Objective: In recent years an increasing amount of evidence supports the concept that preeclampsia is an endothelial disease. The purpose of our study was to evaluate the extent to which endothelial cell dysfunction is involved in pathophysiology of preeclampsia.
Study design: We studied the urinary excretion of thromboxane B2 and 6-keto-prostaglandin F1 alpha and the venous plasma endothelin levels in 23 preeclamptic patients and in control subjects. In six of these patients and in six controls arterial plasma endothelin levels were also measured. In addition, plasma levels of calcitonin gene-related peptide and plasma fibronectin levels were measured. Results were analyzed by Wilcoxon's rank-sum test or signed-rank test.
Results: In preeclampsia the urinary thromboxane B2/6-keto-prostaglandin F1 alpha ratio (p < 0.001), venous plasma endothelin levels (p < 0.001), and plasma fibronectin levels (p < 0.001) were significantly elevated compared with normotensive pregnancy. Arterial plasma endothelin levels were significantly higher than venous plasma endothelin levels in normotensive and hypertensive patients (p < 0.05). Calcitonin gene-related peptide levels showed a wide range in normotensive pregnancy and in preeclampsia, but the difference was not significant.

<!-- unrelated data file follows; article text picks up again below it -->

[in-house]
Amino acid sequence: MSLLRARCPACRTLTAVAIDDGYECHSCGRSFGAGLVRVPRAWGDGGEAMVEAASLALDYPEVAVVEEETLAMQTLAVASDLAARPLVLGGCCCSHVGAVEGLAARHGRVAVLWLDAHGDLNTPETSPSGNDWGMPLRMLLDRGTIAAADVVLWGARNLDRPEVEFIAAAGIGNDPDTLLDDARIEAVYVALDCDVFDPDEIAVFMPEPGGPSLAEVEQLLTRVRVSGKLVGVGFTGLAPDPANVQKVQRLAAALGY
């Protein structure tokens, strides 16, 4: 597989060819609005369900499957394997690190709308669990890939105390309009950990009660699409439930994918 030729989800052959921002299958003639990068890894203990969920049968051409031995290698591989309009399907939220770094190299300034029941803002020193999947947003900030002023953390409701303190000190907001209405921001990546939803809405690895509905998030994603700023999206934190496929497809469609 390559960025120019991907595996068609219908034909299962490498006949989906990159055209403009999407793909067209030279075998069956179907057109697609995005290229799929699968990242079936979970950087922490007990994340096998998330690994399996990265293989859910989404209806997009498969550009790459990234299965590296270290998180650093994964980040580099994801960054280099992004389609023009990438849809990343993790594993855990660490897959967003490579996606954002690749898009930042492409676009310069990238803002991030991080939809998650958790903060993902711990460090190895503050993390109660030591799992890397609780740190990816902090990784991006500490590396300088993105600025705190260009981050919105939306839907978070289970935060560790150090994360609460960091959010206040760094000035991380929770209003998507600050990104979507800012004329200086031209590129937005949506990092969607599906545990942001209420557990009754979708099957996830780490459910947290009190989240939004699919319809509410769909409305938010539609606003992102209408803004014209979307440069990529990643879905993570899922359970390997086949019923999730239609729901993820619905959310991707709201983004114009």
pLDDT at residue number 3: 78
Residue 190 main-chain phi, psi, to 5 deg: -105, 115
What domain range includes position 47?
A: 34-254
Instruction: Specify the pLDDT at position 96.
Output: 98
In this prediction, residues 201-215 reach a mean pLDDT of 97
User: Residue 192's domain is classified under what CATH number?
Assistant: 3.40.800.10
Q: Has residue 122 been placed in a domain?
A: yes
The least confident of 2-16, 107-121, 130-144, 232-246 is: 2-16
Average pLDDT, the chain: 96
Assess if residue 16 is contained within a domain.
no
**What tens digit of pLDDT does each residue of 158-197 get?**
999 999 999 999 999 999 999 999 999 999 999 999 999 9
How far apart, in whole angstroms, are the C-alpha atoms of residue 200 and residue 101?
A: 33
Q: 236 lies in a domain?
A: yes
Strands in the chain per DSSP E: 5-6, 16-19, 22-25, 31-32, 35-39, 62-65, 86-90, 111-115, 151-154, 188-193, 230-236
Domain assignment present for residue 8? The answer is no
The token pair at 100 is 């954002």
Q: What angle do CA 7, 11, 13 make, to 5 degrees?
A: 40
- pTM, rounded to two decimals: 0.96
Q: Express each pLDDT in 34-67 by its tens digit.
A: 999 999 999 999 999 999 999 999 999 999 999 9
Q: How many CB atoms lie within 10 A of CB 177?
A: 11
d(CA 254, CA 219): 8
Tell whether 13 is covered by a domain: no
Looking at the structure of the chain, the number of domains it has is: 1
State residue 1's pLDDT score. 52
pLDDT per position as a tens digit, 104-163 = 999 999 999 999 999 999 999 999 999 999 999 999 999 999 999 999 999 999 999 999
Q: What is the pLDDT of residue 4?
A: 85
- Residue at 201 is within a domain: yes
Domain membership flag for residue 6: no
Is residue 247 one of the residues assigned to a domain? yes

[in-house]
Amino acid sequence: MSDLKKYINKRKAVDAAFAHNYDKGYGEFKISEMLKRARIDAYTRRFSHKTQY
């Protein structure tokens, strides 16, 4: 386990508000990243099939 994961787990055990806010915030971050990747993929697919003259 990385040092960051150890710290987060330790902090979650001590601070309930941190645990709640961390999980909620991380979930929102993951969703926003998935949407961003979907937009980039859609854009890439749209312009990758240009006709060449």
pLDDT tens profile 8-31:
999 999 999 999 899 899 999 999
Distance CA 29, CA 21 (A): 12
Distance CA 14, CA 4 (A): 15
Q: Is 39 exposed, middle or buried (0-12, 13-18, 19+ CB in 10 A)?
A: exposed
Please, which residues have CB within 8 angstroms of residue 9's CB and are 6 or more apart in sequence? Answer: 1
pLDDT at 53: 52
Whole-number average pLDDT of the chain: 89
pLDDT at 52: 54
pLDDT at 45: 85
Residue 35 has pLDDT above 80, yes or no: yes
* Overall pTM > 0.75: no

Conclusions: These results confirm the extensive involvement of the endothelium in the pathophysiology of preeclampsia. Preeclamptic vasoconstriction seems to be mediated by an increase in the vasoconstrictor autocoids thromboxane A2 and endothelin. Production of prostacyclin by the vessel wall and endovascular trophoblast might be just a pivotal escape mechanism of the uteroplacental circulation. Calcitonin gene-related peptide appears not to be involved in the pathophysiology of preeclampsia.